Mr. Price feels the city lacks a little grit and serendipity, but everywhere we went, he was running in to people he knew on the sidewalk. We met one such gentleman on the sidewalk outside Urban Fare, a full service grocer in Coal Harbour. (Mr. Price stated that it takes 4,000 households to support a grocer like this.) The gentleman indicated that he loved the store and lived several blocks away. When asked if he ever drove to Urban Fare, he said he’d be embarrassed to drive, a small victory for a pedestrian-friendly city.

Indeed, everywhere I went the pedestrian environment was stellar. In the morning, I wandered to Yaletown, the other new central city neighborhood. Like Coal Harbour, it too has a community center. But Yaletown is more impressive. They preserved the original roundhouse from the 1880s (it houses the community center), and adjacent that is a lovely park with an elementary school and daycare. The housing development was all high rises on podiums, and all of it knit together with a very pedestrian-friendly environment.

Sure, my first impression of the city was from the bus high up on the Granville Bridge, with what seemed like hundreds of thin, glassy blue towers with lush green mountains in the background. But down on the sidewalk, I just didn’t “feel” like I was amongst all those high rises. As I said, developers are allowed to build tall point towers, but they must be narrow to minimize shadowing, and must be set back when possible, especially from commercial streets. The towers must be on podium structures that are built to a human scale.

Sure enough, I passed tower after tower that had a two or three story podium with multiple commercial or residential entrances, trees, wide sidewalks, bike racks, and benches. Many developments are set back enough to allow for trees and a public sidewalk, as well as a semi-public area for benches or outdoor seating at a cafe, or private space like a small patio in front of a residence. Either way, it was all very intimate without feeling as though you were invading anyone’s privacy.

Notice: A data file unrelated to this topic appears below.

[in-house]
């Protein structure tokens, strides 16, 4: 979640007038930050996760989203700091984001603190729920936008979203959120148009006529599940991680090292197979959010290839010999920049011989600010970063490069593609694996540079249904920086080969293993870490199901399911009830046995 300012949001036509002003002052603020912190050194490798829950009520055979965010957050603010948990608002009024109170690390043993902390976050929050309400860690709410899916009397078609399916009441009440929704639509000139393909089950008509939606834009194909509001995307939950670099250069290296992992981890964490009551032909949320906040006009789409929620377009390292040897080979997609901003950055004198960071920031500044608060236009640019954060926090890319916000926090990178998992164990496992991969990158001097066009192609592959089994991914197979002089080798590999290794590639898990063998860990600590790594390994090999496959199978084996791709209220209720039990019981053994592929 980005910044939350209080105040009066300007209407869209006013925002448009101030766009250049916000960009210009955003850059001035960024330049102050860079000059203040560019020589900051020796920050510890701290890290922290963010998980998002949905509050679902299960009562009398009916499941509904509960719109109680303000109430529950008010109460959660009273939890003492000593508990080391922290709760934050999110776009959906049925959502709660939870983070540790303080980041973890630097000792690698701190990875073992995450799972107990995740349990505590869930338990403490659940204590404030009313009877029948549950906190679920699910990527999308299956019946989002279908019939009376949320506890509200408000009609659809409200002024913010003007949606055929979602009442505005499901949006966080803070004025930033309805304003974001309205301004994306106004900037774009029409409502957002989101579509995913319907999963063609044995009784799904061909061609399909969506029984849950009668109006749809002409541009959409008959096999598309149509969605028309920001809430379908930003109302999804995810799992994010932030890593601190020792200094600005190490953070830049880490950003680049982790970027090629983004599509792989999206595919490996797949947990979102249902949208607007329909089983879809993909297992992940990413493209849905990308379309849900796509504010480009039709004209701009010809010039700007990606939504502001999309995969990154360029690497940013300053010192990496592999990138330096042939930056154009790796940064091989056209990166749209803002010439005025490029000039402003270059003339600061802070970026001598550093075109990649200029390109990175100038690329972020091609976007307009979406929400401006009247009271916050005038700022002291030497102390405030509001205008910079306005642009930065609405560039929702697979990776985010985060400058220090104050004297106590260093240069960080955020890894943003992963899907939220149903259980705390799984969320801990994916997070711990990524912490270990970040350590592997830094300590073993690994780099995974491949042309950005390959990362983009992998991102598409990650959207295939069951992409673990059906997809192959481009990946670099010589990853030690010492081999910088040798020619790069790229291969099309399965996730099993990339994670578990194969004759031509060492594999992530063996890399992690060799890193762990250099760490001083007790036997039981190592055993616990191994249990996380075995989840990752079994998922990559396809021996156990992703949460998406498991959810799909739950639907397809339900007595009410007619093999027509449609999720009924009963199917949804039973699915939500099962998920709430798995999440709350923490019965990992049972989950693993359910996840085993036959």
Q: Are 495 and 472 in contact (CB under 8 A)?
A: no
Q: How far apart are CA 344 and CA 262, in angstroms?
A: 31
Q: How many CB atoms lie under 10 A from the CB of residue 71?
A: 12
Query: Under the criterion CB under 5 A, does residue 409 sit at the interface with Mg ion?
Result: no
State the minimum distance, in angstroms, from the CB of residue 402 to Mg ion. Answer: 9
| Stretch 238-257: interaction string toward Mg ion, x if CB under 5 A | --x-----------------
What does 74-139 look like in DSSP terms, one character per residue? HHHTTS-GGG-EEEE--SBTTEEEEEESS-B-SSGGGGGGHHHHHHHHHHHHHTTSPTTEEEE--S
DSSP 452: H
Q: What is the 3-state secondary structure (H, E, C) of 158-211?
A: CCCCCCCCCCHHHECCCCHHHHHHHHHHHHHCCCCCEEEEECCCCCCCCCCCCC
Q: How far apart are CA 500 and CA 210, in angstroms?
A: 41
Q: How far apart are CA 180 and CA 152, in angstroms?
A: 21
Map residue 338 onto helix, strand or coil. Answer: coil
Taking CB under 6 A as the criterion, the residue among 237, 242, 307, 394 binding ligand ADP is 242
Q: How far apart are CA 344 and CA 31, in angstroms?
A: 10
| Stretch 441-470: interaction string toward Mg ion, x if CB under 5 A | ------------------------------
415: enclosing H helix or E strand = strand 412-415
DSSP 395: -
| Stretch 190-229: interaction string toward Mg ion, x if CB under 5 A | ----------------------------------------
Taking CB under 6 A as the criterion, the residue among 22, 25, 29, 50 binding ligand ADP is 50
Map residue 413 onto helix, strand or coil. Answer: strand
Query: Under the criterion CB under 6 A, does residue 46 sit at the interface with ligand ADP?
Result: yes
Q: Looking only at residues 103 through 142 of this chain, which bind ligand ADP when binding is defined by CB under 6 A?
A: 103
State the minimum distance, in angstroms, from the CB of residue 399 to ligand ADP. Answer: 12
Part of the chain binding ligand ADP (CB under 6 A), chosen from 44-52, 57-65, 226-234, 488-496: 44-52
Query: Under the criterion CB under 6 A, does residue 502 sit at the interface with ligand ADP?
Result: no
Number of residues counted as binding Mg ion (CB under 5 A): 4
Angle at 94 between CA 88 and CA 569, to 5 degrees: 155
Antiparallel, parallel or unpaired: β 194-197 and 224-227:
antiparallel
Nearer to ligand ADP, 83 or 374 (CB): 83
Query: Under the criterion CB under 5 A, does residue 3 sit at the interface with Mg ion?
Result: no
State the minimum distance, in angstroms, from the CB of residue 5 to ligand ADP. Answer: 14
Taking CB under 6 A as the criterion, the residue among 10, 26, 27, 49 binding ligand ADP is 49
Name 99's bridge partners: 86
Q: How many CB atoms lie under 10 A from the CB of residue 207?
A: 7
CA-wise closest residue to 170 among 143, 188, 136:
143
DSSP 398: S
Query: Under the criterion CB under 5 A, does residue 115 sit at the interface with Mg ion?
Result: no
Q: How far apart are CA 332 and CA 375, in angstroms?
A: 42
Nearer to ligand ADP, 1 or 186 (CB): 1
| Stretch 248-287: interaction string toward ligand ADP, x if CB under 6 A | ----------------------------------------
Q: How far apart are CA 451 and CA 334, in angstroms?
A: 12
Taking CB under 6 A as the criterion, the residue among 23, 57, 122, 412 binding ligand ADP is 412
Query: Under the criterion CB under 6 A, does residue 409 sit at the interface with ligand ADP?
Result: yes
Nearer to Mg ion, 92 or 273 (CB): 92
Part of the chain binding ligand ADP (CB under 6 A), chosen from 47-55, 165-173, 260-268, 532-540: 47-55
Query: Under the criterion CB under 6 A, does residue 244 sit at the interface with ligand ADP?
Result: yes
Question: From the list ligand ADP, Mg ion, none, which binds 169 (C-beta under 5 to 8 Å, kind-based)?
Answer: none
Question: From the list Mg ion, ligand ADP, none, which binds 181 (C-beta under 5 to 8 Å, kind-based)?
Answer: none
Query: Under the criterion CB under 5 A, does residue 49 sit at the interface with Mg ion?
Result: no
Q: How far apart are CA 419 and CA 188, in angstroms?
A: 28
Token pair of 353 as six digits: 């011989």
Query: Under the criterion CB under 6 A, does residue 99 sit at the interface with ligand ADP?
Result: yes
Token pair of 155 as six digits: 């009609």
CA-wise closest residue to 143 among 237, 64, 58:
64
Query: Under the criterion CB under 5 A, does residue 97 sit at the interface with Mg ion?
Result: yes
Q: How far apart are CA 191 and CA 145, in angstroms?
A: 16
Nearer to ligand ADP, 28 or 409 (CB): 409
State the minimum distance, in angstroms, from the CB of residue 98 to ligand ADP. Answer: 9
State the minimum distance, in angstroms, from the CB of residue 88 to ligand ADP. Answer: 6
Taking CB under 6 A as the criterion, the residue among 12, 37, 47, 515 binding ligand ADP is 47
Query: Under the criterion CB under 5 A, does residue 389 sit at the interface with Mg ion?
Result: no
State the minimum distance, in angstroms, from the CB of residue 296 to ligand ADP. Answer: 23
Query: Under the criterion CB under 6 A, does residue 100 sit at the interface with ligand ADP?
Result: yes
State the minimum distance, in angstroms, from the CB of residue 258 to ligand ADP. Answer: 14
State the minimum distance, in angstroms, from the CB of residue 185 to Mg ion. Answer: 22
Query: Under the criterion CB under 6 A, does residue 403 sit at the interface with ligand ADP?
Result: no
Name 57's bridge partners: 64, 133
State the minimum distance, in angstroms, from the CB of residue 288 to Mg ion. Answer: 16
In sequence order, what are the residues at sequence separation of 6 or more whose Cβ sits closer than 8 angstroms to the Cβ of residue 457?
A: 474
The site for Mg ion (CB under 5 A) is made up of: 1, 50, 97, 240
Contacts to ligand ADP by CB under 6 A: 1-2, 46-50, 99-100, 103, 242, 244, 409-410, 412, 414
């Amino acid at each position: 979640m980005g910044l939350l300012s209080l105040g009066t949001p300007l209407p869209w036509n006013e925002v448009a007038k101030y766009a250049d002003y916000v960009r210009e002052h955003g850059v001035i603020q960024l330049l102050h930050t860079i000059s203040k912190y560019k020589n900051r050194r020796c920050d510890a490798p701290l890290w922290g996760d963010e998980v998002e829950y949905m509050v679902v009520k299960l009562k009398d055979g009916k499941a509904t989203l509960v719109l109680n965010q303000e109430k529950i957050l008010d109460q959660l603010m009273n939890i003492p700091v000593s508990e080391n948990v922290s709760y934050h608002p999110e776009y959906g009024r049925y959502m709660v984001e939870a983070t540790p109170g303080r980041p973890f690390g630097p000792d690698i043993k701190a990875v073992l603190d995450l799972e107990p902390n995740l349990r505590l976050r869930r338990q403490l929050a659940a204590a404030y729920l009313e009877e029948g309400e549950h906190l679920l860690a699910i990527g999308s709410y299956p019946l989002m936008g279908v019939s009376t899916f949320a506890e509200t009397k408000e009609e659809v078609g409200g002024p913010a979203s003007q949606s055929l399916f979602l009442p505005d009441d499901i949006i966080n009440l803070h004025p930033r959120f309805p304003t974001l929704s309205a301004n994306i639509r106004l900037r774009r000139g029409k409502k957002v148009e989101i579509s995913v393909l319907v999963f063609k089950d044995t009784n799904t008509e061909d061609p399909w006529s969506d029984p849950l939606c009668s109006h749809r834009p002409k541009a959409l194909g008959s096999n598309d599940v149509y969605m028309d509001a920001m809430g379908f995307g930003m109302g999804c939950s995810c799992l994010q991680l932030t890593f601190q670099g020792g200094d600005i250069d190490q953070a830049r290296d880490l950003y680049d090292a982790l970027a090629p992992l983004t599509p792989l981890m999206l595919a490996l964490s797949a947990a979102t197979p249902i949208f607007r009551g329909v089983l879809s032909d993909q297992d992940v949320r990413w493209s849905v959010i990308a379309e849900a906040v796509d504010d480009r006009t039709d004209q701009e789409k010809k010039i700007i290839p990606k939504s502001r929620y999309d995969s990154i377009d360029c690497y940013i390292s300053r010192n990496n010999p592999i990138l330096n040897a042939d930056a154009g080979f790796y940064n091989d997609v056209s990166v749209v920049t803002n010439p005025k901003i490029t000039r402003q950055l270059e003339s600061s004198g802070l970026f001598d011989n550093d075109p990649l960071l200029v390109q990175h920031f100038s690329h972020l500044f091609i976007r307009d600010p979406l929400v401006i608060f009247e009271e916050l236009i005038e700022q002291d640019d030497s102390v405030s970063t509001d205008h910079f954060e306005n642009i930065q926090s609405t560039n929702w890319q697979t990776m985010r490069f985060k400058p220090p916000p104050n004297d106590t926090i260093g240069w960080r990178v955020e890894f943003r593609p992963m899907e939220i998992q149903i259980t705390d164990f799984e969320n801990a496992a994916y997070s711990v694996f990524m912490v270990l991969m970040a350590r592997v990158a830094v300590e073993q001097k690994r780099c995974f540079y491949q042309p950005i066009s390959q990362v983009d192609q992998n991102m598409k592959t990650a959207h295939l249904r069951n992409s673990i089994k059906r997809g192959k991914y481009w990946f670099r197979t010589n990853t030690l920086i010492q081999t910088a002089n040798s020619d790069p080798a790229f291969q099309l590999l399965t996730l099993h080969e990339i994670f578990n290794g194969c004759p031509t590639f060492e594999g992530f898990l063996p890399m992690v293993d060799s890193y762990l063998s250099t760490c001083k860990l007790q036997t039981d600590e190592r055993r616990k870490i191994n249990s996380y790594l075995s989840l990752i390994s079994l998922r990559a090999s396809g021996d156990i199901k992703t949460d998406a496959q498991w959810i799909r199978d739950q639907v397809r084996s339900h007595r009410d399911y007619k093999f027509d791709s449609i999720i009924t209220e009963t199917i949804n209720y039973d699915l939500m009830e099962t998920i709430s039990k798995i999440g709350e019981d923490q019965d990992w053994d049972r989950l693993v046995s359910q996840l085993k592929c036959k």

I am so impressed with Yaletown for its community center and school, especially compared to all the urban cores that have significant recent residential development without either a community center or school. I have read that the school was full from day one and has a long waiting list. Not surprising. The community center is wonderful as well, carved out of the original roundhouse. In fact, the steam engine (No. 374) that pulled the very first freight train in to the Yaletown yards in the 1880s has been restored and sits on the end of the roundhouse itself.

Of course, the natural setting is wonderful and not to be ignored. Besides the mountain backdrop, there is water everywhere. The core city is surrounded by water, so that I had to take a water taxi to charming little Granville Island. While I sat in the Public Market there with a cup of coffee admiring the day, a fellow in a little rubber raft with a tiny outboard motor pulled up to the dock. In the boat were two little excited dogs. As he approached the pier, both jumped out, but only one made it, the other hitting the side and splashing in to the water. The owner laughed and reached in to pull little Fido out. I got the feeling this happened a lot. They all disappeared in to the market to return five minutes later with coffee and treats to putter away in their boat. I can’t decide who has the better life, the dogs or the owner!

Well, it was a great visit. What Vancouver lacks in architectural variety (most new towers are glassy blue), it makes up for in walkable urbanism. Vancouver is quite possibly the finest example of good planning led by educated decision makers of any city that I have ever seen. I’d live there. Well, let me go back for a week of drizzly January weather and I’ll get back to you.

No Comments

No comments yet.

RSS feed for comments on this post. TrackBack URI

Sorry, the comment form is closed at this time.